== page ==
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Todd Blatt and the fun-loving weirdos at the Baltimore Node hackerspace froze a Tickle-Me-Elmo in carbonite because of (awesome) reasons:
I was at my hackerspace one evening and we got to talking about crazy ideas, like normal. We have a full size Han Solo in Carbonite at the space, and someone mentioned that it'd be funny to encase old toys in a smaller carbonite box. So I did. I used the ShopBot CNC router at the MIT FablLab at CCBC in Catonsville, MD to cut the box, an arduino to copy code to an attiny85 to run the randomization script for the LED lights, and my MakerBot to 3d print the side panels I'd previously designed for a different project. The side panels are posted here on Thingiverse and I just drilled out holes for the lights.
Dreamworks is producing a sensationalized, awful movie about Wikileaks and Julian Assange. Some of the action involves the Noisebridge hackerspace in San Francisco that Wikileaks's Jacob Appelbaum helped to found, so Dreamworks wrote to them asking for permission to use their logo. Noisebridge collectively penned a letter back explaining fair use and free speech to the representatives from Big Content who'd come a-knockin':
From your description, it should be clear to anyone watching your film that you're just using the image to talk about Noisebridge, not claim you are Noisebridge or that Noisebridge supports your film*.
Given this, Noisebridge as a community believes you have the free speech right to use such imagery without having to ask permission -- especially those who you might be implicitly criticising or commenting upon. Such a right is encoded in the existing nature of trademark and copyright with the idea of fair use.
Sadly, knowledge of such rights have been eroded over the years by the repeated claims of copyright maximalists, who would have you believe that you must beg to refer to us in your film -- or even that you would be beholden to us if, for instance, you parodied our disrespectful attitude to your concerns with the following image, which includes both of our identifying marks, the Noisebridge(TM) circuit, and the Unicorn Pissing A Rainbow(TM).
Such a position is lunacy and a genuine threat to free speech and the first amendment. You should exercise all of your fair use rights freely and without fear.
So we say tell your friends at DreamWorks to publish (or print, or produce) and be damned. Tell them we fully support them in their brave stand. You can say with confidence that the only conditions under which Noisebridge would sue them and their partners to the maximum damages entitled to us by law would be if it turned out that hackers like us were completely hypocritical nihilists out only for our own egotistical ends.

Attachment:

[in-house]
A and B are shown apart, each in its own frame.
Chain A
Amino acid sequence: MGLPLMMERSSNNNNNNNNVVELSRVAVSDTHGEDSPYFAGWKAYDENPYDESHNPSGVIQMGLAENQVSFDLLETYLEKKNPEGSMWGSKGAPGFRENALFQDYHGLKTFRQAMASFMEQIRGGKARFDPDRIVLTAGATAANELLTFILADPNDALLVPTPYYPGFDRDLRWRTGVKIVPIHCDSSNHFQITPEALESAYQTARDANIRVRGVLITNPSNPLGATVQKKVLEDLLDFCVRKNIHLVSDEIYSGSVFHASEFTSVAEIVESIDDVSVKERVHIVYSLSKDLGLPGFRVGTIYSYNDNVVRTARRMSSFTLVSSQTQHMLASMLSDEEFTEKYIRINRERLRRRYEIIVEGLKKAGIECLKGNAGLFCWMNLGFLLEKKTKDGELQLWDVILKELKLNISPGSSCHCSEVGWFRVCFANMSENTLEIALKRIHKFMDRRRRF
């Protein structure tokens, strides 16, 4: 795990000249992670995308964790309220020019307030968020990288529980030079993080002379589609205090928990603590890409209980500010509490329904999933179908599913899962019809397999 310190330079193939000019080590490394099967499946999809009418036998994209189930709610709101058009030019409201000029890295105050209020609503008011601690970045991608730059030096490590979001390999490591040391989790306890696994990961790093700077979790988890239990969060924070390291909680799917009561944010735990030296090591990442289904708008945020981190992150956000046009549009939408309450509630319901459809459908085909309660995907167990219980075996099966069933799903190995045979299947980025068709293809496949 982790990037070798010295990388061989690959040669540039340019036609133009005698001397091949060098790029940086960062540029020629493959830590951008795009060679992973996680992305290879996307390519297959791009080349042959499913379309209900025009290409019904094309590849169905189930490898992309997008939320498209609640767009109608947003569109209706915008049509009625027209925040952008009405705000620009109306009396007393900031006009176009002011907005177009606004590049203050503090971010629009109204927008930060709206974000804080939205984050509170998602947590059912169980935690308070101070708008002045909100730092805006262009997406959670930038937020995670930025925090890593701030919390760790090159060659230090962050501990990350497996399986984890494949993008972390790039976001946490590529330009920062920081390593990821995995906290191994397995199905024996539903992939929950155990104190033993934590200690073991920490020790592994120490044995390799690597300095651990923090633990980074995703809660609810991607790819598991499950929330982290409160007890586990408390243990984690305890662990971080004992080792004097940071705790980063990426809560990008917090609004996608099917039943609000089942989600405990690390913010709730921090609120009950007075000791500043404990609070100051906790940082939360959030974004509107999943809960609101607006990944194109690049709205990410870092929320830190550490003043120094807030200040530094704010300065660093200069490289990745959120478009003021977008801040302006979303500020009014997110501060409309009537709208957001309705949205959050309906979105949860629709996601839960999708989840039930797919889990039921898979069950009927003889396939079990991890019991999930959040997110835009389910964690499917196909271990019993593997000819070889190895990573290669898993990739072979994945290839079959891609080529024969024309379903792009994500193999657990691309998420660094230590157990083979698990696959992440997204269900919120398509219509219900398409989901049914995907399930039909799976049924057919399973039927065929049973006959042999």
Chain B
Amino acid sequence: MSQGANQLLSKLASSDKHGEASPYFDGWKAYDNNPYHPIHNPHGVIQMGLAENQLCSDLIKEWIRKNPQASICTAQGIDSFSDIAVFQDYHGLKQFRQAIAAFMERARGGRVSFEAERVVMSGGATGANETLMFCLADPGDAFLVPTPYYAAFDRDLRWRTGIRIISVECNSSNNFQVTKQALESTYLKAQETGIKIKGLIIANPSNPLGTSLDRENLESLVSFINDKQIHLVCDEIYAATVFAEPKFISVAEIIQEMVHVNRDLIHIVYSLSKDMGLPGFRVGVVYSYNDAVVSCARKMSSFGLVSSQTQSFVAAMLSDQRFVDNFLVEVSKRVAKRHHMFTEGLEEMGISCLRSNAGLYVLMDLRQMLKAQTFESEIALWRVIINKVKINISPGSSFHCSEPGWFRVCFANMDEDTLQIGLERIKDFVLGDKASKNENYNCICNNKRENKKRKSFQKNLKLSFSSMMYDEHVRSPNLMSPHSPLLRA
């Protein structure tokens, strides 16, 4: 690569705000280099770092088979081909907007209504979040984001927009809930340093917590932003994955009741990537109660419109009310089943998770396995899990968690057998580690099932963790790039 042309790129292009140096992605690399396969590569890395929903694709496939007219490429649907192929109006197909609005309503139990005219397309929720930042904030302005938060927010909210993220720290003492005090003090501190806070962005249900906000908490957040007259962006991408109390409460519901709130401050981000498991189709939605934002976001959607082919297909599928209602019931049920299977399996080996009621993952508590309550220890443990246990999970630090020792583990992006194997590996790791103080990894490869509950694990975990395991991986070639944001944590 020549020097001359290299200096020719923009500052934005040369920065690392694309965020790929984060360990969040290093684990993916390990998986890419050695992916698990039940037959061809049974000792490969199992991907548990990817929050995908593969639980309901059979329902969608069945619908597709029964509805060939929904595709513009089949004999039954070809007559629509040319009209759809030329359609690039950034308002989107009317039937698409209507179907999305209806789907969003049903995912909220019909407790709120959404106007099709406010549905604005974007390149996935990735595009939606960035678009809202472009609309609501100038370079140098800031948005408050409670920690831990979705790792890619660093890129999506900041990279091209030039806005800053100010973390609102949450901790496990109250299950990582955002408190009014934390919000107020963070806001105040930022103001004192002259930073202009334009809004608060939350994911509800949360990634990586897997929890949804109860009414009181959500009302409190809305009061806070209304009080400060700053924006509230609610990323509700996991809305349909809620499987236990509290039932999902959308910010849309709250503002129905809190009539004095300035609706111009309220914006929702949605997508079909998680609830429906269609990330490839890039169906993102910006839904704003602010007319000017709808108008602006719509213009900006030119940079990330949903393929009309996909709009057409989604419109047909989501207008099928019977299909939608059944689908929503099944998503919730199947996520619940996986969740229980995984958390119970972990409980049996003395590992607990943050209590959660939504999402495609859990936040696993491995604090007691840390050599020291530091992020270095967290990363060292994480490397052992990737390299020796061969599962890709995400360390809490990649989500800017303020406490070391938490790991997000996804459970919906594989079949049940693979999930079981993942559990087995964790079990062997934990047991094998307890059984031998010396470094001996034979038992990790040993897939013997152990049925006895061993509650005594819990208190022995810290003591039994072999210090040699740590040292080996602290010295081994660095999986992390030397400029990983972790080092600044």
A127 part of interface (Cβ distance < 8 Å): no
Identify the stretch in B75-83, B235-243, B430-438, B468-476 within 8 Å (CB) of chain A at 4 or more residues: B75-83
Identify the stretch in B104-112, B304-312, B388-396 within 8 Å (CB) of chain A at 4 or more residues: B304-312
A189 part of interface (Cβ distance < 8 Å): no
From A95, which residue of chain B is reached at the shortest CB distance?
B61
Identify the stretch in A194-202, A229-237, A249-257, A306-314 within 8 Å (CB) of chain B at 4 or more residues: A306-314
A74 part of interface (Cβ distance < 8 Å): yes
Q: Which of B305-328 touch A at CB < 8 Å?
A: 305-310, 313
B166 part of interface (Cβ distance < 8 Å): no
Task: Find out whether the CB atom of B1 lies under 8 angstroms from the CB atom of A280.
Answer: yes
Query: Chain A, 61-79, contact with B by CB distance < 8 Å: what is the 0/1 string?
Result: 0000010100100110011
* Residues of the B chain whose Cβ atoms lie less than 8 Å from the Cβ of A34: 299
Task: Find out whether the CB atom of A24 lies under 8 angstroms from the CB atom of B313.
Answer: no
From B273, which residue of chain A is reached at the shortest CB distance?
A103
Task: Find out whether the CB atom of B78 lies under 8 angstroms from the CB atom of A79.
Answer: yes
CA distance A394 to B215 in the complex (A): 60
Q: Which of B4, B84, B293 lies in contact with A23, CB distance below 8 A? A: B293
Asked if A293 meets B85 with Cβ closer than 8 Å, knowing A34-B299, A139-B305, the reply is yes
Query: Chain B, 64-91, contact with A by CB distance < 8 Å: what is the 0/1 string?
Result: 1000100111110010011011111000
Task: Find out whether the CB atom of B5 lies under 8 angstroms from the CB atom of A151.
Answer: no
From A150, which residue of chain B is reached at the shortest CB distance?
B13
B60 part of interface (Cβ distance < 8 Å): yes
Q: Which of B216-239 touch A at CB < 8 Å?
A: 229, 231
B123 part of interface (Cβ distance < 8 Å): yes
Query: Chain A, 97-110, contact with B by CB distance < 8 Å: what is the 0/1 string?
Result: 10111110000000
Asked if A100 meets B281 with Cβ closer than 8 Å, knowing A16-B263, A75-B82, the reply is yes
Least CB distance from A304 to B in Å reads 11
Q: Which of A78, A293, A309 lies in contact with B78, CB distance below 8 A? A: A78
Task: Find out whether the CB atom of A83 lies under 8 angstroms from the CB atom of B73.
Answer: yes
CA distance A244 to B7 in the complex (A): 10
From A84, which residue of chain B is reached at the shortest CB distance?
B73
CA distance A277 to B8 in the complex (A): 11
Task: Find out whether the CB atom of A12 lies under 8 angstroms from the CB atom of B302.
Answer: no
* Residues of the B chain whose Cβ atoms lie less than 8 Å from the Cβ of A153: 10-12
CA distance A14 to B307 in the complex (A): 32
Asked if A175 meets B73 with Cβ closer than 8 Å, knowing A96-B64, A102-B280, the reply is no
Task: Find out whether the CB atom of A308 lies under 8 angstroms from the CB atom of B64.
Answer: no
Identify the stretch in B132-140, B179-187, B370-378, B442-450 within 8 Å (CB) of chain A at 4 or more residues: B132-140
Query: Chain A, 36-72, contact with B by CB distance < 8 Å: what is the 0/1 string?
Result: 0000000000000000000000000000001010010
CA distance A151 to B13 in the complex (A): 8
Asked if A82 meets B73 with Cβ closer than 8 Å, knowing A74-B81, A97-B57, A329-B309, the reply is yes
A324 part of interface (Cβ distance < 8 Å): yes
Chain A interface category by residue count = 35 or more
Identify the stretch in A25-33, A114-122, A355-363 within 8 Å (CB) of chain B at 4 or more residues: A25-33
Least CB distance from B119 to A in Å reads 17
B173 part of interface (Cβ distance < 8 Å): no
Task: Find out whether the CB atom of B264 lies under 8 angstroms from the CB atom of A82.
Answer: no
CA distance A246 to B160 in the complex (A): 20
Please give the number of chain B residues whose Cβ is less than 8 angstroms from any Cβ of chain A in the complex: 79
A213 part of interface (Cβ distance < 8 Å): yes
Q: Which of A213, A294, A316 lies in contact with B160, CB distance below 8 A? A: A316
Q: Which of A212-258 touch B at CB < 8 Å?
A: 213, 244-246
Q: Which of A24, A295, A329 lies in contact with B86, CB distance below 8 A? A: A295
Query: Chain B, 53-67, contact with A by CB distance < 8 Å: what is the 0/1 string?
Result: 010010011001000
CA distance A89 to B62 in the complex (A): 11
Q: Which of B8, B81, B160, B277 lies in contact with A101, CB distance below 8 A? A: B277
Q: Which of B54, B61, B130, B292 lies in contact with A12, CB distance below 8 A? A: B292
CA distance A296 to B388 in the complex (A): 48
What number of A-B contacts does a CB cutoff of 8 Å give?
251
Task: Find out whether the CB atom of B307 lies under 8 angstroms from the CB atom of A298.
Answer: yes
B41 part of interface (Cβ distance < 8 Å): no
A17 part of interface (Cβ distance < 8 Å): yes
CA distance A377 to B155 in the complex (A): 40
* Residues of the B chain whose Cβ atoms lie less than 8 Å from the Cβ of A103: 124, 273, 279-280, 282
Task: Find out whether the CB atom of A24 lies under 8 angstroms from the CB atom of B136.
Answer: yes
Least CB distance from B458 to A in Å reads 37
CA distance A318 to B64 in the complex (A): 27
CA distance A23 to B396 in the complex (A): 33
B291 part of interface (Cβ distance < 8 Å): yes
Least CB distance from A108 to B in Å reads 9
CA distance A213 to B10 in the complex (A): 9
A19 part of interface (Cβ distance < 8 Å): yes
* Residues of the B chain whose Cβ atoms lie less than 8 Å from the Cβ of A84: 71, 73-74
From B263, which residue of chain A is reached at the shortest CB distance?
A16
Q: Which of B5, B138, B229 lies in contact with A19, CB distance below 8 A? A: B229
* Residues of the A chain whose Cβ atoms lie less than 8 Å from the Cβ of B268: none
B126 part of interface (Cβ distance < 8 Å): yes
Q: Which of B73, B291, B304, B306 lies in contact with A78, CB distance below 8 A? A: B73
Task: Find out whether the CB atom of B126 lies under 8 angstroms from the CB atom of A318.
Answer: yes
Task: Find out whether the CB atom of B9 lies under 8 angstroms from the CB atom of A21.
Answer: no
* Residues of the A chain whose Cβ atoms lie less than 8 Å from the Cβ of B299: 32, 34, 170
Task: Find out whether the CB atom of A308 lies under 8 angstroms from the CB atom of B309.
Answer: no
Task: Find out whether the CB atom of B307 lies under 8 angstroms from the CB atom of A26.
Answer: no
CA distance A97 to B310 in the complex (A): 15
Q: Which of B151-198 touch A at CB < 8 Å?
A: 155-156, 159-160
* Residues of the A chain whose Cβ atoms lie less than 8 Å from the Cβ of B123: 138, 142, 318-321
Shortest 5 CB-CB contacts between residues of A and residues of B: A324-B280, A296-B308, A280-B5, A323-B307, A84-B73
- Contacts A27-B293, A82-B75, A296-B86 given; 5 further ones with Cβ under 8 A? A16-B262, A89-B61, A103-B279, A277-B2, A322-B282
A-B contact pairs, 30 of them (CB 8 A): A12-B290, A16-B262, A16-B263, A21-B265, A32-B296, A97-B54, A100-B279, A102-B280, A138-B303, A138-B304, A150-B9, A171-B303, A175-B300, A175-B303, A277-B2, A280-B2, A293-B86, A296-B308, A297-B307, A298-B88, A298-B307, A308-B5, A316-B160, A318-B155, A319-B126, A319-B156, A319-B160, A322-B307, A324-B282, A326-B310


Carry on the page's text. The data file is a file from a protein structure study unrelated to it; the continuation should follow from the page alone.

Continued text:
Given that you were so nice as to ask us, we can't imagine you think that of us.
Hooray for our LA-based friend Tara Brown, co-founder of Los Angeles Makerspace, who is interviewed today on the White House Office of Science and Technology website! She shares about her experience with bringing kids and families into the growing community of American makers. LA Makerspace is a "non-profit community of practice for inventors, builders, and creators (“makers”) to work and learn in a range of areas, including software, hardware, electronics, robotics, art, filmmaking, bio-tech, eco-tech, wearable-tech, and more." And while many "makerspaces" are exclusively for grownups, this one is family-friendly and for makers of all ages.
What inspired you to help lead this effort?
A few different things inspired me. My biggest inspiration is my own two-and-a-half year old. I work with researchers that are focused on the “connected learning” movement and it became very apparent to me that Ripley is going to need more than what is taught to him in school for him to follow his interests. I also noticed that some of the emerging communities for makers in LA might not be the best environment for younger kids, from a safety standpoint. Not too long after that, I co-founded a women's tech club and I thought that perhaps I could combine my own club activities with the need for a more kid-friendly environment.
What kinds of projects demonstrate the promise (and fun) of Making for parents and kids?
All of them! We have a policy where if you are under 13, you must be accompanied by an adult to all of our classes. At first we thought it was a risky move because we weren't sure if parents were hoping to just drop their kids off at classes, but it was the opposite. The parents were just as excited to be at the classes as the kids. Some families have come to almost every single one of our events and always learn something new and mentor the newcomers.